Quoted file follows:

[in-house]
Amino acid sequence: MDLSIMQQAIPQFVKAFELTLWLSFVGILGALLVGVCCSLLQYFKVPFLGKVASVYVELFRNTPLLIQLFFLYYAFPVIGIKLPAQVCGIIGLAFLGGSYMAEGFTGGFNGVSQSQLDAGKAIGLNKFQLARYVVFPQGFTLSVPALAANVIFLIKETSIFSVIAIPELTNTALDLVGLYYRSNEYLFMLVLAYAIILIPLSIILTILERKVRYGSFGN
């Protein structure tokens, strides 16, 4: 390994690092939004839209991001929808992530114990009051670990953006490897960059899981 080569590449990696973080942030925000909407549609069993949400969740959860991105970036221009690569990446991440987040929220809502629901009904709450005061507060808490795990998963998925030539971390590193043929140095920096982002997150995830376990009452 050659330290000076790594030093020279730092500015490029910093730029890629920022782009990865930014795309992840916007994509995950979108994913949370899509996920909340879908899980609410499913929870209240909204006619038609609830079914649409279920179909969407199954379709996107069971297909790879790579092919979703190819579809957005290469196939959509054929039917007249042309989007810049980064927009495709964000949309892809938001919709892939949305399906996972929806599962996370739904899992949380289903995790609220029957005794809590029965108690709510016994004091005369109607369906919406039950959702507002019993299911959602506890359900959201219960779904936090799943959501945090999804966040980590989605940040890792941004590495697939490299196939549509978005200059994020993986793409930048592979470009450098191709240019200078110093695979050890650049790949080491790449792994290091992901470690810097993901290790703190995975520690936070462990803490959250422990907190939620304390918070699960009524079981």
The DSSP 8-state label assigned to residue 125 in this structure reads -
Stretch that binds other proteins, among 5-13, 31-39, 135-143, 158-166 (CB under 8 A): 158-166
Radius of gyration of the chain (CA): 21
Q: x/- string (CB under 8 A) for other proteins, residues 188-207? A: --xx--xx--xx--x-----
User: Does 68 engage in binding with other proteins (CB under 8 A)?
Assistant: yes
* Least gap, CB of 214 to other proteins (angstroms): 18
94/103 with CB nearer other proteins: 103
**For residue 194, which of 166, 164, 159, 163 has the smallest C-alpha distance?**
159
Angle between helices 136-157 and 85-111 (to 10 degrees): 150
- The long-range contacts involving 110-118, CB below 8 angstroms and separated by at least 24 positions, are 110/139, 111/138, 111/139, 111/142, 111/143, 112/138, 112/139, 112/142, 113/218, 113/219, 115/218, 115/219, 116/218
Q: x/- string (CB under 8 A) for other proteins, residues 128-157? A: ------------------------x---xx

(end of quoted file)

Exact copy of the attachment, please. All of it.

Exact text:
[in-house]
Amino acid sequence: MDLSIMQQAIPQFVKAFELTLWLSFVGILGALLVGVCCSLLQYFKVPFLGKVASVYVELFRNTPLLIQLFFLYYAFPVIGIKLPAQVCGIIGLAFLGGSYMAEGFTGGFNGVSQSQLDAGKAIGLNKFQLARYVVFPQGFTLSVPALAANVIFLIKETSIFSVIAIPELTNTALDLVGLYYRSNEYLFMLVLAYAIILIPLSIILTILERKVRYGSFGN
């Protein structure tokens, strides 16, 4: 390994690092939004839209991001929808992530114990009051670990953006490897960059899981 080569590449990696973080942030925000909407549609069993949400969740959860991105970036221009690569990446991440987040929220809502629901009904709450005061507060808490795990998963998925030539971390590193043929140095920096982002997150995830376990009452 050659330290000076790594030093020279730092500015490029910093730029890629920022782009990865930014795309992840916007994509995950979108994913949370899509996920909340879908899980609410499913929870209240909204006619038609609830079914649409279920179909969407199954379709996107069971297909790879790579092919979703190819579809957005290469196939959509054929039917007249042309989007810049980064927009495709964000949309892809938001919709892939949305399906996972929806599962996370739904899992949380289903995790609220029957005794809590029965108690709510016994004091005369109607369906919406039950959702507002019993299911959602506890359900959201219960779904936090799943959501945090999804966040980590989605940040890792941004590495697939490299196939549509978005200059994020993986793409930048592979470009450098191709240019200078110093695979050890650049790949080491790449792994290091992901470690810097993901290790703190995975520690936070462990803490959250422990907190939620304390918070699960009524079981």
The DSSP 8-state label assigned to residue 125 in this structure reads -
Stretch that binds other proteins, among 5-13, 31-39, 135-143, 158-166 (CB under 8 A): 158-166
Radius of gyration of the chain (CA): 21
Q: x/- string (CB under 8 A) for other proteins, residues 188-207? A: --xx--xx--xx--x-----
User: Does 68 engage in binding with other proteins (CB under 8 A)?
Assistant: yes
* Least gap, CB of 214 to other proteins (angstroms): 18
94/103 with CB nearer other proteins: 103
**For residue 194, which of 166, 164, 159, 163 has the smallest C-alpha distance?**
159
Angle between helices 136-157 and 85-111 (to 10 degrees): 150
- The long-range contacts involving 110-118, CB below 8 angstroms and separated by at least 24 positions, are 110/139, 111/138, 111/139, 111/142, 111/143, 112/138, 112/139, 112/142, 113/218, 113/219, 115/218, 115/219, 116/218
Q: x/- string (CB under 8 A) for other proteins, residues 128-157? A: ------------------------x---xx